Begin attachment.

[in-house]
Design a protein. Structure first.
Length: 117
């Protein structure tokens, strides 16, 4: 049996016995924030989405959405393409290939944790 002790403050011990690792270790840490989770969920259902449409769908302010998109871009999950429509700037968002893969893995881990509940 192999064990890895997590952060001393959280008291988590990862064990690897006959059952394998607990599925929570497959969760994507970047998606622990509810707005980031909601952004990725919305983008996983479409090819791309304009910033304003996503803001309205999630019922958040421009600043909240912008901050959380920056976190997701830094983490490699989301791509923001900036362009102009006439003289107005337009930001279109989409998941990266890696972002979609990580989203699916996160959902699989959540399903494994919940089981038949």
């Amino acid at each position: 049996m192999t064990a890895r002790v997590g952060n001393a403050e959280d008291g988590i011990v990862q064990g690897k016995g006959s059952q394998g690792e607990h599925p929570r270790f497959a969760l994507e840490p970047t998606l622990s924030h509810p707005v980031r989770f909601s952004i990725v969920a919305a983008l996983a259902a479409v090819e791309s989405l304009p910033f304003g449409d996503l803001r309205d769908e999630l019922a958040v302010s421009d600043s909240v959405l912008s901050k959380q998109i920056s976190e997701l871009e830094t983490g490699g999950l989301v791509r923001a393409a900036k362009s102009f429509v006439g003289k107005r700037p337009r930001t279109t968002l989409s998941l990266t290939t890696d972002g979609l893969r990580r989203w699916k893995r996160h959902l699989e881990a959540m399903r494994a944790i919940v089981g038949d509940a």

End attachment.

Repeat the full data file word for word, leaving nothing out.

[in-house]
Design a protein. Structure first.
Length: 117
């Protein structure tokens, strides 16, 4: 049996016995924030989405959405393409290939944790 002790403050011990690792270790840490989770969920259902449409769908302010998109871009999950429509700037968002893969893995881990509940 192999064990890895997590952060001393959280008291988590990862064990690897006959059952394998607990599925929570497959969760994507970047998606622990509810707005980031909601952004990725919305983008996983479409090819791309304009910033304003996503803001309205999630019922958040421009600043909240912008901050959380920056976190997701830094983490490699989301791509923001900036362009102009006439003289107005337009930001279109989409998941990266890696972002979609990580989203699916996160959902699989959540399903494994919940089981038949």
């Amino acid at each position: 049996m192999t064990a890895r002790v997590g952060n001393a403050e959280d008291g988590i011990v990862q064990g690897k016995g006959s059952q394998g690792e607990h599925p929570r270790f497959a969760l994507e840490p970047t998606l622990s924030h509810p707005v980031r989770f909601s952004i990725v969920a919305a983008l996983a259902a479409v090819e791309s989405l304009p910033f304003g449409d996503l803001r309205d769908e999630l019922a958040v302010s421009d600043s909240v959405l912008s901050k959380q998109i920056s976190e997701l871009e830094t983490g490699g999950l989301v791509r923001a393409a900036k362009s102009f429509v006439g003289k107005r700037p337009r930001t279109t968002l989409s998941l990266t290939t890696d972002g979609l893969r990580r989203w699916k893995r996160h959902l699989e881990a959540m399903r494994a944790i919940v089981g038949d509940a």